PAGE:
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Revenue Cycle Management is So Popular Because Most Physicians Aren’t Business People

Posted on April 10, 2012 I Written By

John Lynn is the Founder of the HealthcareScene.com blog network which currently consists of 10 blogs containing over 8000 articles with John having written over 4000 of the articles himself. These EMR and Healthcare IT related articles have been viewed over 16 million times. John also manages Healthcare IT Central and Healthcare IT Today, the leading career Health IT job board and blog. John is co-founder of InfluentialNetworks.com and Physia.com. John is highly involved in social media, and in addition to his blogs can also be found on Twitter: @techguy and @ehrandhit and LinkedIn.

In a previous post, I asked the really important question: Is Revenue Cycle Management Sexy? I was amazed and impressed by the discussion that spurred out of that post. People were talking revenue cycle management details in the comments, on Twitter and even on their own blogs about how revenue cycle management is indeed sexy.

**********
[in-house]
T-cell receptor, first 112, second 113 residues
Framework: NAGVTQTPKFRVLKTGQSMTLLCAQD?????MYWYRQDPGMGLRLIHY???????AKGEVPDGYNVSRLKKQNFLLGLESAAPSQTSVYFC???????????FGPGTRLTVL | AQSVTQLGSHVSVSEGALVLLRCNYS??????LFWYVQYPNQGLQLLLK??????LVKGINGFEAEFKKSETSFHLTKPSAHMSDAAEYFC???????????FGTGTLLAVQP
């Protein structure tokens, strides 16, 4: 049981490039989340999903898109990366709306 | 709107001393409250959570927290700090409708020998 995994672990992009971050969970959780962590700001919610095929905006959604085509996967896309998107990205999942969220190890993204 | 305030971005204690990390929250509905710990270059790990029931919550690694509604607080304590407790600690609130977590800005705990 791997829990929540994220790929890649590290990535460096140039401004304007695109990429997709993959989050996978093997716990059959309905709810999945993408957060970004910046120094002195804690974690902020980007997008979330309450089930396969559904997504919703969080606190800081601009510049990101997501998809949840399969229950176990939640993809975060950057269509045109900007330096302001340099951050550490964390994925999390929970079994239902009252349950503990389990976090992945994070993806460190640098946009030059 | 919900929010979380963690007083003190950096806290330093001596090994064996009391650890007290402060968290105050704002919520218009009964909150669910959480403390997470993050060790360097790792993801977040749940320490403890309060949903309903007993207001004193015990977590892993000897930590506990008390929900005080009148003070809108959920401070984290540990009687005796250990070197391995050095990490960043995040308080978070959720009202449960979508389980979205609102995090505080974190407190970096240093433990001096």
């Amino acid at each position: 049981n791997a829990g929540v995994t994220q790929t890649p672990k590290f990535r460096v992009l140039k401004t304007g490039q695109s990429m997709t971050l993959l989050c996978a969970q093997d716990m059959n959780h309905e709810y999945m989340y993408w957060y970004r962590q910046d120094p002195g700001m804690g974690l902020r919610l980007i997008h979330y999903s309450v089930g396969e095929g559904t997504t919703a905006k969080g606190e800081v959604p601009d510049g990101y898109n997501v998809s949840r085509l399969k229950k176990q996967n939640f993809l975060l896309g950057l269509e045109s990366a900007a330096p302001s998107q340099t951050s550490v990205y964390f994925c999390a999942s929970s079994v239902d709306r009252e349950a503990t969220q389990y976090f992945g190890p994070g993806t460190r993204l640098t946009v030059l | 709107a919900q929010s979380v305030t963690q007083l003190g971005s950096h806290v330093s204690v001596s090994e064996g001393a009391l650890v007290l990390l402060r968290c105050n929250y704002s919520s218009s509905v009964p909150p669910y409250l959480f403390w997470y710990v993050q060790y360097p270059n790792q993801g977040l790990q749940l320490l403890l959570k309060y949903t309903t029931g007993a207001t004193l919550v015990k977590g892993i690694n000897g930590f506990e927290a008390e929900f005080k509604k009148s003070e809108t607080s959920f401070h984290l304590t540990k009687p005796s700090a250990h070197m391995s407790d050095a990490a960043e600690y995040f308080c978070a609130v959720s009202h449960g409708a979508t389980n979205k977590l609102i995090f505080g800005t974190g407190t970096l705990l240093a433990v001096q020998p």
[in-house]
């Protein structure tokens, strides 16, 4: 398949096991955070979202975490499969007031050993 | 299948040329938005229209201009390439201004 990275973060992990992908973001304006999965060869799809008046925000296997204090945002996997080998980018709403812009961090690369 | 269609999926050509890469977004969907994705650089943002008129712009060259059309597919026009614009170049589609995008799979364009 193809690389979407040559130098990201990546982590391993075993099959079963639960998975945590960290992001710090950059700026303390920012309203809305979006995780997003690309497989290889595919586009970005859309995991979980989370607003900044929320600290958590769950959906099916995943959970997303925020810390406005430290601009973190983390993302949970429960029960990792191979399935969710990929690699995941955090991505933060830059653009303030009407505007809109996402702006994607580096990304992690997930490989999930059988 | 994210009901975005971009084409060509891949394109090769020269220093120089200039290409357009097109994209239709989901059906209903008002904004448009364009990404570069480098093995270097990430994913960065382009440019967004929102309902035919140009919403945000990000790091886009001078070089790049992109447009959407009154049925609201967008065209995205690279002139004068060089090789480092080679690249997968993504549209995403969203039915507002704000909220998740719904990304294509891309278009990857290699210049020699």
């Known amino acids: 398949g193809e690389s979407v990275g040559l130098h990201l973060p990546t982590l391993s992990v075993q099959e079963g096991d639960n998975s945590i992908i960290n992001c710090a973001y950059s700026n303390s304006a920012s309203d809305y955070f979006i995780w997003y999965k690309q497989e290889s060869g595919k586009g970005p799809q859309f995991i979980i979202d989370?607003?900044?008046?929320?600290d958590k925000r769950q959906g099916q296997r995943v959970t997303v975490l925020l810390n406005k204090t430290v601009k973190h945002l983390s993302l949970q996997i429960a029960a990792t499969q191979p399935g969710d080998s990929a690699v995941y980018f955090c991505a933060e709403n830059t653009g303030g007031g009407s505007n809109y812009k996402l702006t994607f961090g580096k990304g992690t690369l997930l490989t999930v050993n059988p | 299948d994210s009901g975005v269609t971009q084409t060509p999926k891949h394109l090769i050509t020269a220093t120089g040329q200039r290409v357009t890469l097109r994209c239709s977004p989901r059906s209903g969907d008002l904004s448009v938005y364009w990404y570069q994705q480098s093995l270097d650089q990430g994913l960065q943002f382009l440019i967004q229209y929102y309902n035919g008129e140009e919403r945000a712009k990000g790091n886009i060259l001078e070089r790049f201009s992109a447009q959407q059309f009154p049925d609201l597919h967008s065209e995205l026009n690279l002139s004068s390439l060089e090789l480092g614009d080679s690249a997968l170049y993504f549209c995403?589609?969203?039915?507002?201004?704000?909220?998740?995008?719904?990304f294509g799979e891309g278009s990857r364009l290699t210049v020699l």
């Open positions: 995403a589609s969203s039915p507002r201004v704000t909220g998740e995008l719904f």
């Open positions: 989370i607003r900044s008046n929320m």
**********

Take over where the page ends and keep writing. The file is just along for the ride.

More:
Turns out that a number of doctors wouldn’t be practicing medicine today if it weren’t for revenue cycle management companies that support these doctors. Keeping doctors in business is sexy to me. I know that the media often spins revenue cycle management as the rich (doctors) getting richer. They also love to talk about revenue cycle management companies taking such a huge chunk of a physician’s reimbursement. Let’s look at these two factors.

Are Doctors Rich?
First, it’s a little bit of a misnomer that doctors are all rich. Doctors don’t do anything to help this image since so many of them drive around in their high priced Mercedes and BMWs. There are many doctors (specialists top this list) that do make a very large amount of money. Many primary care doctors and certain specialties make much less. Don’t get me wrong. Every doctor I know is making plenty of money to live and live well. In fact, they’re making more than the average American. Although, when you look at their overhead, medical school expenses, etc you wouldn’t classify most doctors as rich.